A Bahraini court has sentenced a 17-year-old high school student to one year in prison for posting an â€œinsultingâ€ tweet on the social networking website, Twitter.
The head of the criminal court, himself a member of the ruling family, convicted Ali al-Shofa, who was arrested in a house attack in March, of insulting King Hamad bin Isa Al Khalifa on Twitter.
Rights advocates on Saturday condemned the verdict, saying it is part of a wider crackdown on freedom of speech in Bahrain.
Human Rights Watch called on European Union foreign policy chief Catherine Ashton in a Saturday statement to â€œpursue with Bahrain the immediate release of 13 high-profile activists and others detained or imprisoned for peacefully exercising their rights.â€
â€œIf human rights are truly at the centre of the EUâ€™s foreign relationsâ€¦ then the high representative and member states need to show it at the EU-[P]GCC meeting by vigorously pressing for the release of the Bahraini activists,â€ said Lotte Leicht, the EU director of Human Rights Watch.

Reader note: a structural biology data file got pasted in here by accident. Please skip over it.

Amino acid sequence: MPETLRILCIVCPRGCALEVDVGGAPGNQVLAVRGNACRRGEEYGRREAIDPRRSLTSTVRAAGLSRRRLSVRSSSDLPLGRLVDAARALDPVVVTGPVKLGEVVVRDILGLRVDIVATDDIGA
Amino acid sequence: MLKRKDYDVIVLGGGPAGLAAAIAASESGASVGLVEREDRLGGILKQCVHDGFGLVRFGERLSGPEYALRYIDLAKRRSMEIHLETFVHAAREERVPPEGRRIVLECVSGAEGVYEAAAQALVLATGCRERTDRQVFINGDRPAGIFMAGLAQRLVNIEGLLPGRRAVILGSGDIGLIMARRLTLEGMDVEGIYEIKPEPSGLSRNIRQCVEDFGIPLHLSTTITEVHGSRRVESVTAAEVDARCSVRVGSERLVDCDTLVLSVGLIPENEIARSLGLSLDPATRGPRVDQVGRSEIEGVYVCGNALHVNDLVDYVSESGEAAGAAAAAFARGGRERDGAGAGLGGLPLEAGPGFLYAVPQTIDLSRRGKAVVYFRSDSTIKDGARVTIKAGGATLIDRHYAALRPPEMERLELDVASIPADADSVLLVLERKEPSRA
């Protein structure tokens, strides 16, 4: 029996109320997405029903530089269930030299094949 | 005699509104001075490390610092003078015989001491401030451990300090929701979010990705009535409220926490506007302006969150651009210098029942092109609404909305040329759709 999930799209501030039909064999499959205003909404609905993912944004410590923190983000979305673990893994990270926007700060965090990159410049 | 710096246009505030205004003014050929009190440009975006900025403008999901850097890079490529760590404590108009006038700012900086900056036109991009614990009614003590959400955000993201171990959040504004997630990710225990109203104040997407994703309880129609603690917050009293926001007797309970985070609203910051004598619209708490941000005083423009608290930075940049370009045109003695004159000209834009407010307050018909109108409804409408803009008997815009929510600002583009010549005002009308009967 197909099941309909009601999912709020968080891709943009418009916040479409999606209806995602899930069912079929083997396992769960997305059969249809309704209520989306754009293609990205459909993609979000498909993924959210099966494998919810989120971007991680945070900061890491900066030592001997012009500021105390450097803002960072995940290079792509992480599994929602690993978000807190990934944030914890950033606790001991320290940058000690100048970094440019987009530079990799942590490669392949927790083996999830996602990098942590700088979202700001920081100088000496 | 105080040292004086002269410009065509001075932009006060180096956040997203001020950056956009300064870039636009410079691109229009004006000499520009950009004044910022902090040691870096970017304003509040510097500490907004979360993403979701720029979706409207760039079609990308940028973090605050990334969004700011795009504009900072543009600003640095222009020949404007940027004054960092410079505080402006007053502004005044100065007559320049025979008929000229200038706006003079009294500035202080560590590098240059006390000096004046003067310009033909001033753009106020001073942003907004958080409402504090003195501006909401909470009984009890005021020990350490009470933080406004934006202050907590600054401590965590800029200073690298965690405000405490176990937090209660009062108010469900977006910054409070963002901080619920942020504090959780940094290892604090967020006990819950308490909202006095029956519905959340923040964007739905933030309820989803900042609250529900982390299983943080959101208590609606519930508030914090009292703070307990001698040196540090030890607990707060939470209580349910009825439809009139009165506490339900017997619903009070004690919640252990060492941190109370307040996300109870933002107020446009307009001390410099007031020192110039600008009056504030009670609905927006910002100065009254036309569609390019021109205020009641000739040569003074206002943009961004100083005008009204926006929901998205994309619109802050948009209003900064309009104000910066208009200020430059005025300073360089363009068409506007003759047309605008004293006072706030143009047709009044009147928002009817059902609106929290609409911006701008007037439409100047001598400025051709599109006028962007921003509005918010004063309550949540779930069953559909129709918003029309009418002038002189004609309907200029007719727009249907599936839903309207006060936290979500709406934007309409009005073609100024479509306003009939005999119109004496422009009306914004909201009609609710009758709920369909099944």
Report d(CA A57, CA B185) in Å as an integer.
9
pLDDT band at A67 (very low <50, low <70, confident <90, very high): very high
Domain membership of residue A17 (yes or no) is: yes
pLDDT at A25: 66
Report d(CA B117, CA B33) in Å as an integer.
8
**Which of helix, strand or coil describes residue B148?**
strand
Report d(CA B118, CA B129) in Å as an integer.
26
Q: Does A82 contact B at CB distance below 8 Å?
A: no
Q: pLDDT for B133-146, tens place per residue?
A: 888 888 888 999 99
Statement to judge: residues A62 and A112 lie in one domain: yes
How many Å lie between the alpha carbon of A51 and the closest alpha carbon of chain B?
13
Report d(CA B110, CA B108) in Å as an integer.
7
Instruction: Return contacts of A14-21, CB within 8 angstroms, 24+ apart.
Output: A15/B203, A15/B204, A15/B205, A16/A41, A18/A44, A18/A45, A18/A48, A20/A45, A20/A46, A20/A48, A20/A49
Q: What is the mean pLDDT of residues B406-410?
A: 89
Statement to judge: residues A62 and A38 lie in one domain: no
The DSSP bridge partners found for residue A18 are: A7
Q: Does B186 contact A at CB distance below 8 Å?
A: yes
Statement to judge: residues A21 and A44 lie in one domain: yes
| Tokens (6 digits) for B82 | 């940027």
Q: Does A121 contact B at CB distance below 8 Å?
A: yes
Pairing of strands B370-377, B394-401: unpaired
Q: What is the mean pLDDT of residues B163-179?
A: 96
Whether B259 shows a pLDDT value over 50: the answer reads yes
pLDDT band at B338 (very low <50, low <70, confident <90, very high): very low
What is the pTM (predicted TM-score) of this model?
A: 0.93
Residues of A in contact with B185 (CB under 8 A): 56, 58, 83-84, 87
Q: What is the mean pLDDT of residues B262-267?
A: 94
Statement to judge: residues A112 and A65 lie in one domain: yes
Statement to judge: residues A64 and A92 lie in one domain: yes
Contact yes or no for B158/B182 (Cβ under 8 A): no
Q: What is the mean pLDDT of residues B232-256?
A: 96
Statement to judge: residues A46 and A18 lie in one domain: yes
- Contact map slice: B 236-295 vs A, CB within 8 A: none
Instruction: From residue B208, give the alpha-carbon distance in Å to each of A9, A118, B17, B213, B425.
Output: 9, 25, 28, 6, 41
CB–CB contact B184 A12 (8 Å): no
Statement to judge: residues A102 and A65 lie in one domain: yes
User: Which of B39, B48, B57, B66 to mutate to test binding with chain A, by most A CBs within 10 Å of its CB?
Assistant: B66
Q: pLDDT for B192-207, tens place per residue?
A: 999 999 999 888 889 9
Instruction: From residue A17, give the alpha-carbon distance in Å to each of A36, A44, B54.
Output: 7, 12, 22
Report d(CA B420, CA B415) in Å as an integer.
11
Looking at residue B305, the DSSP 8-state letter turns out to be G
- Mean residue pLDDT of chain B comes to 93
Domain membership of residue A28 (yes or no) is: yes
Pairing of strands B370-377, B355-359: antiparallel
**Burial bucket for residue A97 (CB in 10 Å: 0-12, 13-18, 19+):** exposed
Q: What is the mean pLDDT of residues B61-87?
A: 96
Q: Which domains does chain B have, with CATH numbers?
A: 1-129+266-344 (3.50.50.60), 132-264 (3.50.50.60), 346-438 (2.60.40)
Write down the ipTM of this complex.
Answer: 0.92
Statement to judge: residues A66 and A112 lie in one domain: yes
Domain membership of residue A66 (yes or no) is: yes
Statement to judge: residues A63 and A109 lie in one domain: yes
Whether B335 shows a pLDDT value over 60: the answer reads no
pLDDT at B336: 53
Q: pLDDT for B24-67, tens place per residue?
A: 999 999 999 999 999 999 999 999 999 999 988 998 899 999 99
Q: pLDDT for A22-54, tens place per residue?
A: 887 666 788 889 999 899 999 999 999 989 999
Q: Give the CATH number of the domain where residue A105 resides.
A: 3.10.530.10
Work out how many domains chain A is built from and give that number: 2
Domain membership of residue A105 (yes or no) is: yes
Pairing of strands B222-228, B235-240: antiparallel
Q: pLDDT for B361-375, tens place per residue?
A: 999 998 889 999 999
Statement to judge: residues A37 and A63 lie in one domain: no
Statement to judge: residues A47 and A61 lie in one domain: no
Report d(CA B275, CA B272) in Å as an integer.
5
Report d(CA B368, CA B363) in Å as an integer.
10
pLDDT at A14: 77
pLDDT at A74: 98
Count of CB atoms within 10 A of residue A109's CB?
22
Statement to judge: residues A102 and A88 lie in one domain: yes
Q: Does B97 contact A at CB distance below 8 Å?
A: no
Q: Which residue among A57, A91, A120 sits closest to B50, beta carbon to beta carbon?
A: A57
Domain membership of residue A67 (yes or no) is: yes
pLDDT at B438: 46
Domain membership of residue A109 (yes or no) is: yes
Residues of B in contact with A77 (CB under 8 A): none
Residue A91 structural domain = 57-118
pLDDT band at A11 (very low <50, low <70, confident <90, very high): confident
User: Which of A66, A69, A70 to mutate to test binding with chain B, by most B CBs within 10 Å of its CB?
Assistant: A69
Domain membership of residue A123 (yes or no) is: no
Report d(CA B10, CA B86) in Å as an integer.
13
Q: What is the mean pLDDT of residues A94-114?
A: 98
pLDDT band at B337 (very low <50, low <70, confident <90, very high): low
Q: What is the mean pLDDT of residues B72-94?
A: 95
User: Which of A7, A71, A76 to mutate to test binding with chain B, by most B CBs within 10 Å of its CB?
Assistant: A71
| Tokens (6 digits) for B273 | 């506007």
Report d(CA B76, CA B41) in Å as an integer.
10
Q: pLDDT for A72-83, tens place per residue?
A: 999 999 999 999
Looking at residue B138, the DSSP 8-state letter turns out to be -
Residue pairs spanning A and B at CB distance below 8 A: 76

Reports say at least 13 opposition leaders are held in prison for involvement in protests against the Bahraini regime.
The regimeâ€™s courts handed down life sentences to seven of the activists, including prominent activist Abdulhadi al-Khawaja, and gave the others jail terms ranging from five to 15 years.
Since mid-February 2011, thousands of pro-democracy protesters have staged numerous demonstrations in the streets of Bahrain, calling for the Al Khalifa royal family to relinquish power.
The Bahraini regime promptly launched a brutal crackdown on the peaceful protests and called in Saudi-led Arab forces from neighboring states.
Dozens of Bahraini people have been killed in the crackdown, and the security forces have arrested hundreds, including doctors and nurses.